He is worth 4 billion dollars.

She is worth 5.8 billion dollars.

The richest person in the world is worth 53.5 billion dollars.


What a funny word. How deceiving. Like, really? Does the size of our bank account determine our worth?

Is a person who built a beautiful marriage, raised healthy children and did his best to pay the bills, but whose bank account is in the four digits (or overdrawn by four digits), worthless?

Does status on Forbes tell us a person’s worth?Is the 40-year-old tycoon who’s divorced for the ninth time, has kids who don’t speak to him, and has earned his money stepping over others, worth it?

There are many wealthy people who are decent and honest fellows, and I am not a socialist who wants to rob them of their earnings. The point I wish to make is: Does status on Forbes tell us a person’s worth?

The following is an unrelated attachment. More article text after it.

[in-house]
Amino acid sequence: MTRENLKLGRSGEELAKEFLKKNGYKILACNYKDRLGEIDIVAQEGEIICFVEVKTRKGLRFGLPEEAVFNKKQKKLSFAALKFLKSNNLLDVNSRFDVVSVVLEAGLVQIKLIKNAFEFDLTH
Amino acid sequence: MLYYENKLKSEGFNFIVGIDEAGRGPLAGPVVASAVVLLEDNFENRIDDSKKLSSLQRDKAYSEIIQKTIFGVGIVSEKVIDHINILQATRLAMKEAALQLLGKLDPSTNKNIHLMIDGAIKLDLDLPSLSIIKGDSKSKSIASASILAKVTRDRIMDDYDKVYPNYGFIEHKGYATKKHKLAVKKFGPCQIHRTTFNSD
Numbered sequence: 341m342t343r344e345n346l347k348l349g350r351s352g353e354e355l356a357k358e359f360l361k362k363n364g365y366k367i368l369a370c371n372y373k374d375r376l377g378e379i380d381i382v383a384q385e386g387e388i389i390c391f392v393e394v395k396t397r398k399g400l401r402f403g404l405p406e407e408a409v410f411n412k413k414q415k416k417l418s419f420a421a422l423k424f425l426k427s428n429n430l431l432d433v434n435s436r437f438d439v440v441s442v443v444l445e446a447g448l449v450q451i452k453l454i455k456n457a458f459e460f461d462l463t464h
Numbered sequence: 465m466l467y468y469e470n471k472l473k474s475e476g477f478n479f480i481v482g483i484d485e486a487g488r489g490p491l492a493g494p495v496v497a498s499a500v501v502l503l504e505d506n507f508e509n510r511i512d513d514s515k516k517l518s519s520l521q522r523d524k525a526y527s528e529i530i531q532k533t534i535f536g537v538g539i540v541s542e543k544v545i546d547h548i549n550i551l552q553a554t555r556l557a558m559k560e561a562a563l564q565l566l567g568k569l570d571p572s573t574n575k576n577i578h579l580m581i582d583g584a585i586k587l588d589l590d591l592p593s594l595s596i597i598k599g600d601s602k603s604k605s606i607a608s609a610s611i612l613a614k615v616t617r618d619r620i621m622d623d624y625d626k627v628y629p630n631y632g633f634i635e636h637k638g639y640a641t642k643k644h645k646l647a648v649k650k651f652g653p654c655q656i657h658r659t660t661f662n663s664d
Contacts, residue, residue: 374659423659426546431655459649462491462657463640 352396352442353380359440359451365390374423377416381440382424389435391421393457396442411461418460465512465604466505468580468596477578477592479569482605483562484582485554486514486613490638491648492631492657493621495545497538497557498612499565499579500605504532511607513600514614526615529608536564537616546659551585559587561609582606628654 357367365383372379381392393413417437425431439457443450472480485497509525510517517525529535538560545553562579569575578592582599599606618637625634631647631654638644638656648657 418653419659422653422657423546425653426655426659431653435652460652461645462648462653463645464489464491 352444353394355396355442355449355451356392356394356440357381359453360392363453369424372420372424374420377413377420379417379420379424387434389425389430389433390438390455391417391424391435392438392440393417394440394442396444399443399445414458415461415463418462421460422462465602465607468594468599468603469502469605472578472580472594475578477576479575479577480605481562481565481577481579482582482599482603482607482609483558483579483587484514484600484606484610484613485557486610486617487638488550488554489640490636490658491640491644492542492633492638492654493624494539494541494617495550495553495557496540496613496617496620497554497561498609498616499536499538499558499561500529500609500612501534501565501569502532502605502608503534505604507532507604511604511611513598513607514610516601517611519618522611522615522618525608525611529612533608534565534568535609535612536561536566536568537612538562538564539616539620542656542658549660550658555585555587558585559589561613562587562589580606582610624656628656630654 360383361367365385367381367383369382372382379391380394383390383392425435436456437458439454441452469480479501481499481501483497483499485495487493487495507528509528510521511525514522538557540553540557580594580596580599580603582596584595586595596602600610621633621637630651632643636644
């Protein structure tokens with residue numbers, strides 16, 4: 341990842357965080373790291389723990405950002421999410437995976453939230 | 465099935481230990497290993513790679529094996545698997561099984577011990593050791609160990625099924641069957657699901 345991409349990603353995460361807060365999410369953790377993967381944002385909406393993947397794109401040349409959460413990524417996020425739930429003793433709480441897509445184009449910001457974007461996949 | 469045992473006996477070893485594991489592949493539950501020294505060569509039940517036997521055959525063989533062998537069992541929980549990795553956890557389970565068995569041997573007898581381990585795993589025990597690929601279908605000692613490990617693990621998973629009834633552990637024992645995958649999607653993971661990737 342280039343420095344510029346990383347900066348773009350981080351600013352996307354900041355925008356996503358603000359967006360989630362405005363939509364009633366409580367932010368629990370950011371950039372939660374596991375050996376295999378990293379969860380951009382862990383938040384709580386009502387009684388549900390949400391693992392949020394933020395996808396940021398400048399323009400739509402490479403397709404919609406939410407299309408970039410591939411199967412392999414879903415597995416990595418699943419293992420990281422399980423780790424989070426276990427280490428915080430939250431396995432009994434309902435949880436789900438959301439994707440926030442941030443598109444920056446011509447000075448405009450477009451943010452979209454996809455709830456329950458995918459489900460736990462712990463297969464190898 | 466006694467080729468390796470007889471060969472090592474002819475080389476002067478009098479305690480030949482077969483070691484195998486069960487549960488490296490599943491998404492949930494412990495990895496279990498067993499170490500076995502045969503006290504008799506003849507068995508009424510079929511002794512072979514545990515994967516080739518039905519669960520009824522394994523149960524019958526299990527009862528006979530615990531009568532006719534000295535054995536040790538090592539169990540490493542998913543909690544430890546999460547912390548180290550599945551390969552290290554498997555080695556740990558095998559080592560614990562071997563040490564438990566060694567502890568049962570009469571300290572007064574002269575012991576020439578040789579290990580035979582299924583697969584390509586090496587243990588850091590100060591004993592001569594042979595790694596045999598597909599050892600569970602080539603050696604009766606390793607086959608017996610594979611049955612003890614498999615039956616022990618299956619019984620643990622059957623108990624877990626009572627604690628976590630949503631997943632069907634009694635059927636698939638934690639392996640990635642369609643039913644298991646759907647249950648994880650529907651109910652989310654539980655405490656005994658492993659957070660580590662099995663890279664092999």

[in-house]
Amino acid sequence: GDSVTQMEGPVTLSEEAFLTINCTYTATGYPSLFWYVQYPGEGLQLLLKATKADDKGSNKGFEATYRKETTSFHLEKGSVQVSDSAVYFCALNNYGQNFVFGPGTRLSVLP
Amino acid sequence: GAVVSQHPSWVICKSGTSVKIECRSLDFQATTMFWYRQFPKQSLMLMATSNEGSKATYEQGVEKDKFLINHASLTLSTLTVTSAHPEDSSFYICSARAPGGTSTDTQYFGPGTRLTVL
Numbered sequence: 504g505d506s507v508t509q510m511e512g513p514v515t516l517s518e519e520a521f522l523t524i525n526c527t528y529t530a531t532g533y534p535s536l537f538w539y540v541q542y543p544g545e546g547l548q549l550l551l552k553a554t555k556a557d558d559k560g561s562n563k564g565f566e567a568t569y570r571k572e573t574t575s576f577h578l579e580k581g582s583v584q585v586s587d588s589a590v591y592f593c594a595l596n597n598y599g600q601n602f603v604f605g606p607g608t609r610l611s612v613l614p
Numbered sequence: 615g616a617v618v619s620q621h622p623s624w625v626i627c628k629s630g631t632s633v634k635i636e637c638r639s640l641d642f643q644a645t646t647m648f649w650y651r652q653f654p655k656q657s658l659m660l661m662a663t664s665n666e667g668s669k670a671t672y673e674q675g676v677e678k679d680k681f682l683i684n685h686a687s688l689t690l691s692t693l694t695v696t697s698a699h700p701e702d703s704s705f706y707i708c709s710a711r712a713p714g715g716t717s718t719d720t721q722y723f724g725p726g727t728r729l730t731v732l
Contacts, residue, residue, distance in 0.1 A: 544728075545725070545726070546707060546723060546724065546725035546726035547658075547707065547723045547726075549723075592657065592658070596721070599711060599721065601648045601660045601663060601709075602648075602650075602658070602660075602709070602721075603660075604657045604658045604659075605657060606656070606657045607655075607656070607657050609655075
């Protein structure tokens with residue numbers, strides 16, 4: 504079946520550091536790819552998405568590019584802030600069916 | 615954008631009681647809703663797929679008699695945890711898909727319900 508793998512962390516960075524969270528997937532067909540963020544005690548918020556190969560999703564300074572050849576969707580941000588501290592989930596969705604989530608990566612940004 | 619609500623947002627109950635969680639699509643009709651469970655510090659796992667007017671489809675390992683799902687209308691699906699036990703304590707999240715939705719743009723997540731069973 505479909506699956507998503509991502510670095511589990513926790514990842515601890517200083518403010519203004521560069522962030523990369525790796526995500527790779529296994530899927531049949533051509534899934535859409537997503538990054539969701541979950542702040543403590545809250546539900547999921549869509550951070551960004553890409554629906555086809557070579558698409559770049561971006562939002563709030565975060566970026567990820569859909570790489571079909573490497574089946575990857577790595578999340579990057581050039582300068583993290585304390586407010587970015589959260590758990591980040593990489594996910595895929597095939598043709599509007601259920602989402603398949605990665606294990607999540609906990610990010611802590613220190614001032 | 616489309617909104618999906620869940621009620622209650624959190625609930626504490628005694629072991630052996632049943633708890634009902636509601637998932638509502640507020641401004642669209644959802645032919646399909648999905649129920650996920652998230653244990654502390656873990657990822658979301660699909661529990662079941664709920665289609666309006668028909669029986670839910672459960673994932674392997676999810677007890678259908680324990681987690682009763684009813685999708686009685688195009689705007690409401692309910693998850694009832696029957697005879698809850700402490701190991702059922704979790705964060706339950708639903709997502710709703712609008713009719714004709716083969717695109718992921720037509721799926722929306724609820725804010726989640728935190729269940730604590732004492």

Or is it other stuff—like the charity we give, the family we raise and the accomplishments of the spirit—that determine our worth?

In the end of the Book of Leviticus (beginning of chapter 27), we read about a person who decides to donate his or her “worth” to G‑d.

How much does this individual pay?

That depends on the age of the individual—in other words, the person’s productive capacity.

Our worth is in our actions, not our credit score. It is not the business magazines that tell the world how much we are worth; rather, it’s the love letters in our drawer and the charity diplomas on the wall that tell us how much we are worth.

So, how much are you worth?